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Old 14-11-2003, 05:18 PM
Mark Floerke
 
Posts: n/a
Default Difference between bread and cake?

Technically,
Bread is a combination of flour and water, with the addition of yeast for
leavening. FDA labelling states White Bread must be a minimum based on
flour weight of 2% salt, 2% sugar, 2% shortening and 2% milk powder. To be
classified as a dough, the principle ingredients must flour and water, in
that order.
All batter mixes and pastes such as quick breads, i.e. tea biscuits, banana
bread, muffins, are sweet goods.

Mr. Pastry

"Dee Randall" wrote in message
...
I've heard that when Marie Antoinette said "let them eat cake," that cake
was actually bread, and now people are a bit non-plussed about her
statement.
Dee


"Alex Rast" wrote in message
...
at Tue, 11 Nov 2003 12:30:55 GMT in
,
(Ben) wrote :

Hi. My wife and I got into a discussion last night about the
difference between bread and cake. She's European and says 1/2 of the
stuff Americans call bread is cake (eg. Banana Bread). Is there a
definative difference between bread and cake like ingredients, baking,
etc?


Like most non-technical words, there is at least some ambiguity. First,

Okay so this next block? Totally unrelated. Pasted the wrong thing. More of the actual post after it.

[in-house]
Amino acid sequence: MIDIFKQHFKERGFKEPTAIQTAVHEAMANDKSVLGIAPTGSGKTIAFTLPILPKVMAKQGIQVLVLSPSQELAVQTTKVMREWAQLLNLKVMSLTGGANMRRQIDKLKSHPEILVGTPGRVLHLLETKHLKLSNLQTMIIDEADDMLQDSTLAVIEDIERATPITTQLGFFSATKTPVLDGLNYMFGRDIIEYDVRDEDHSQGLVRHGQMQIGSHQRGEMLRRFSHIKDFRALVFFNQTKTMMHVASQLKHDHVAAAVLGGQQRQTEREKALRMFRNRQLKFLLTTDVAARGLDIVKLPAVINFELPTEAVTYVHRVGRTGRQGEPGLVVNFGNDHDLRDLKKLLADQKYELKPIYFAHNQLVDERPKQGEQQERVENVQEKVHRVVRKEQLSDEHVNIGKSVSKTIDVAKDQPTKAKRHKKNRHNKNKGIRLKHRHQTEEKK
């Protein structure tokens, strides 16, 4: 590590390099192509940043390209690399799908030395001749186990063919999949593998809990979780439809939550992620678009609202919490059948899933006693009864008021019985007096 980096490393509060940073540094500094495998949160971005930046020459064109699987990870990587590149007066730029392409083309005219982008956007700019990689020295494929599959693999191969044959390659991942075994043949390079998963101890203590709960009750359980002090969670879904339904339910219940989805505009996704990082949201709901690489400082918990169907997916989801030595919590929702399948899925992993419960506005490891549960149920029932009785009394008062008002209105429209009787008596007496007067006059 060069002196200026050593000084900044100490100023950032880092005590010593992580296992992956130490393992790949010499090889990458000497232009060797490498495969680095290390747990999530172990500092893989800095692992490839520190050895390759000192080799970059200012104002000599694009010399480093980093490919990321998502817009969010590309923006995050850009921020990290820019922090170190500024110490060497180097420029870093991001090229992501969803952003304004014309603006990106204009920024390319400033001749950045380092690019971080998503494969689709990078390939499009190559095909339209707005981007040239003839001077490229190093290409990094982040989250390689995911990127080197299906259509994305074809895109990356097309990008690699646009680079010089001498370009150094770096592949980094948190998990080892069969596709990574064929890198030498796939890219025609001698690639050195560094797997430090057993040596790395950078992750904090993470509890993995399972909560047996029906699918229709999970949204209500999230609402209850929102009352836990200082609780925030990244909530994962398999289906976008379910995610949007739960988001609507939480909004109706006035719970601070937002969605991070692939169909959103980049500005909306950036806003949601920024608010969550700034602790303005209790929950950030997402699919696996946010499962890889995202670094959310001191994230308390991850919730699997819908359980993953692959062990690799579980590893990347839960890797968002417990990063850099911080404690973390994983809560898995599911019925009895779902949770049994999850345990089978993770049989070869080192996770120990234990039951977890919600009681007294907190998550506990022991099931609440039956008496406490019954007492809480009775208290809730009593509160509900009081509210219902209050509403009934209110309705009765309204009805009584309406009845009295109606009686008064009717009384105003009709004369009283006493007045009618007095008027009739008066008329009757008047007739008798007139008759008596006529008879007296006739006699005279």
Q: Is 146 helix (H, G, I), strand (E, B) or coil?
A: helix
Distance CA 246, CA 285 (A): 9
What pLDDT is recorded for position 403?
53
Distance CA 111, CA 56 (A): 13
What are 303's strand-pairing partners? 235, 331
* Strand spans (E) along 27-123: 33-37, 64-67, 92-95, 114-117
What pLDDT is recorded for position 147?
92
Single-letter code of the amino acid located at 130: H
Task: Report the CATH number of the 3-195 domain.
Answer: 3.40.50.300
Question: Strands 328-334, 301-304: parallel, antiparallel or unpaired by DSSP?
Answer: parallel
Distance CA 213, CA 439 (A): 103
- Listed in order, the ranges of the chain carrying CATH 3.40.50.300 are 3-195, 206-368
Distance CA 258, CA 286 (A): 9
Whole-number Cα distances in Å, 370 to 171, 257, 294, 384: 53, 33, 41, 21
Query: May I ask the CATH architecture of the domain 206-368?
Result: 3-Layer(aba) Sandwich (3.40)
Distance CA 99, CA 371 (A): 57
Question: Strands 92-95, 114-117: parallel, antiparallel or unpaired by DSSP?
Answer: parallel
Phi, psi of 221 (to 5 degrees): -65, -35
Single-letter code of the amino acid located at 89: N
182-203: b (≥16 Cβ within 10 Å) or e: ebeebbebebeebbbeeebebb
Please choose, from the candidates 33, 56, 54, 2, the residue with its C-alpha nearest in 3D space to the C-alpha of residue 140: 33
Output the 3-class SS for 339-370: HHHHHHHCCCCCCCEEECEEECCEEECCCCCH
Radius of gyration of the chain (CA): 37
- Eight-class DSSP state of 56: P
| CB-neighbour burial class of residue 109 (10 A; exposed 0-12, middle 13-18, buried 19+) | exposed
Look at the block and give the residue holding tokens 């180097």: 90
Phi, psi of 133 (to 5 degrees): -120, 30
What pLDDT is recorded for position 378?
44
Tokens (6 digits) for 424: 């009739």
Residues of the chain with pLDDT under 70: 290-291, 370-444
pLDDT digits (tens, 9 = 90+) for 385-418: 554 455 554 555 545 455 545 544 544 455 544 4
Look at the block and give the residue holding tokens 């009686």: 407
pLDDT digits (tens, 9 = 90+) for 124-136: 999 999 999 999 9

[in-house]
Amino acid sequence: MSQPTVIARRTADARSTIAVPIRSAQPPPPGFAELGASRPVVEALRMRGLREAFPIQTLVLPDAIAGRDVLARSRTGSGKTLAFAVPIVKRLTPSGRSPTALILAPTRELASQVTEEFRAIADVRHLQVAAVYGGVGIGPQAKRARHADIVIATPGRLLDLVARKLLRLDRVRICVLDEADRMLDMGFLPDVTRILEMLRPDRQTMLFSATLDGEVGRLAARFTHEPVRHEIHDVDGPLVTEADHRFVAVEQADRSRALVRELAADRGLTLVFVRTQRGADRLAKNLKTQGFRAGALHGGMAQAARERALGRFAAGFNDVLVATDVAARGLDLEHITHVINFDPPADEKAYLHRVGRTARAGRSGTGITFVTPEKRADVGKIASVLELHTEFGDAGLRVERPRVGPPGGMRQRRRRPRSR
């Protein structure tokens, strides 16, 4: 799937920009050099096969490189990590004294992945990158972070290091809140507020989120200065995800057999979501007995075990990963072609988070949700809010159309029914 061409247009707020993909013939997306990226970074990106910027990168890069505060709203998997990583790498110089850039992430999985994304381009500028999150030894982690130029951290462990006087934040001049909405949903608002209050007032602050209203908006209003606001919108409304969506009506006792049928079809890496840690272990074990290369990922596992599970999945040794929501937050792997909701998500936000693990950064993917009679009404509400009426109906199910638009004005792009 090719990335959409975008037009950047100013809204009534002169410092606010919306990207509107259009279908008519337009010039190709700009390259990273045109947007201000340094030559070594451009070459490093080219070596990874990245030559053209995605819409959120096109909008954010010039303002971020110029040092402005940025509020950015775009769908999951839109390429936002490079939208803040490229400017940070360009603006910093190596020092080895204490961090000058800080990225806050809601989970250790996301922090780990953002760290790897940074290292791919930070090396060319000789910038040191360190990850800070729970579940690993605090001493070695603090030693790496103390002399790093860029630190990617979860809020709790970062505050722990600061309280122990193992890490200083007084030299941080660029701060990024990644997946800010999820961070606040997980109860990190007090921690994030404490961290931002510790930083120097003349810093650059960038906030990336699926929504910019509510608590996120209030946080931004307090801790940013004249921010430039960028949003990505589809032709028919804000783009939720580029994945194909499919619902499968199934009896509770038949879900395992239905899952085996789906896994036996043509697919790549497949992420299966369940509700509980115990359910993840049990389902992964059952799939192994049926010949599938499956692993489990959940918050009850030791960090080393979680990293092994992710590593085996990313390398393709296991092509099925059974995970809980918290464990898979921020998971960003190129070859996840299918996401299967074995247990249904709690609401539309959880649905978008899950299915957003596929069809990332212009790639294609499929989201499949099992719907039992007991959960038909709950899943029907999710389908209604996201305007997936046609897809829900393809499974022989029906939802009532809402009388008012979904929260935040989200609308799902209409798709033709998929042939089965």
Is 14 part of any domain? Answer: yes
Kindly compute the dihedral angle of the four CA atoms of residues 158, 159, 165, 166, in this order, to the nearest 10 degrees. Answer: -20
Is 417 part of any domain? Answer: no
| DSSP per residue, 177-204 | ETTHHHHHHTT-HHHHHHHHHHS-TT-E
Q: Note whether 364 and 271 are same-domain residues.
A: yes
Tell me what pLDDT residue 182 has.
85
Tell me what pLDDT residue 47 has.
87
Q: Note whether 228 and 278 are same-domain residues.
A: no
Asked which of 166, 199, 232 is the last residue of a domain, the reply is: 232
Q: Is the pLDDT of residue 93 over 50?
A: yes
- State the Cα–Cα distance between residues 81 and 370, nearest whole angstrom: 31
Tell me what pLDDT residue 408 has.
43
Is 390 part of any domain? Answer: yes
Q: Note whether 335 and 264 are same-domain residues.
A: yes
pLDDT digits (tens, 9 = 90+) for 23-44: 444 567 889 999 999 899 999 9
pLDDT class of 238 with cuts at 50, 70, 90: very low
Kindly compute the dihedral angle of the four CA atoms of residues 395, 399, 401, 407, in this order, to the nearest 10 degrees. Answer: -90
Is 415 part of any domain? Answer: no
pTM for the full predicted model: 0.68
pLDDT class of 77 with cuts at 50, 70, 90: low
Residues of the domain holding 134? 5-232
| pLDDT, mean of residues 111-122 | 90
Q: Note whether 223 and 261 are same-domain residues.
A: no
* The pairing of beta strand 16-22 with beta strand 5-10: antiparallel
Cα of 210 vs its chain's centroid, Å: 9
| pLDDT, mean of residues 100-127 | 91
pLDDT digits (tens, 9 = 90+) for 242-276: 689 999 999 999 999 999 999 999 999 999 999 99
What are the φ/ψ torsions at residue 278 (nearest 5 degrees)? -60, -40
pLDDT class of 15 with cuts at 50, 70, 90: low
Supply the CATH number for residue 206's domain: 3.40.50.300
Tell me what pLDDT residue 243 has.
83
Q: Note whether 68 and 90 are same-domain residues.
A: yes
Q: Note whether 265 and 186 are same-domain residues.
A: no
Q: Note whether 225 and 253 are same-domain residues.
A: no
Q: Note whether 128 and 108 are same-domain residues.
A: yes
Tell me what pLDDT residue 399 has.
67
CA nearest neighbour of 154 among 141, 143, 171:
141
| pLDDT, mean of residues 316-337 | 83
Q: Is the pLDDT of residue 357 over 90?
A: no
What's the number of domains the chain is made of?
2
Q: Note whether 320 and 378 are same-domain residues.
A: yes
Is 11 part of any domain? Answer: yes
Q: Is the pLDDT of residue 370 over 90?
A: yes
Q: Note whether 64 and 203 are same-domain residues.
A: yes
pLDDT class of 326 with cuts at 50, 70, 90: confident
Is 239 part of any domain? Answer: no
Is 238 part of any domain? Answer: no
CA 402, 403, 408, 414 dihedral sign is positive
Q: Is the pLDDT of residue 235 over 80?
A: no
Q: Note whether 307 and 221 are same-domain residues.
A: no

I
will dismiss a few special cases.

Preceded by "short-" both words change meaning from the standard.
Shortbread is a type of cookie, shortcake is a type of scone.

(Humorously,
I have to resort to the American "cookie" and the British "scone"

because
in Britain, a cookie is called a biscuit, where in America, a scone is
called a biscuit. So depending on one's POV, *both* shortbread and
shortcake are "biscuits"!)

"Cake" in a non-baking context can refer to any food that's been

compressed
into a solid block, usually with one definitely smallest dimension. Thus

we
have rice cakes, yeast cakes, etc.

But generally, at least by my way of looking at it, the difference

between
bread and cake is that in cake, the amount of eggs is sufficient to
contribute substantially to the *structure*, not just the *texture*.

That,
I realize, is a very vague point in itself, although in general cakes

will
be less dense than breads because once eggs start to have an impact on

the
structure, that impact is to make it lighter. In fact, a cake doesn't

have
to have any flour at all, thanks to the structure contribution of eggs,

for
example flourless chocolate cake. However, a cake must have some other
contributor to structure besides eggs, otherwise things like souffle

would
be a cake. It's all quite fuzzy and the boundaries overlap to some

extent.
But this is at least a close approximation to the way I see things being
named.


--
Alex Rast

(remove d., .7, not, and .NOSPAM to reply)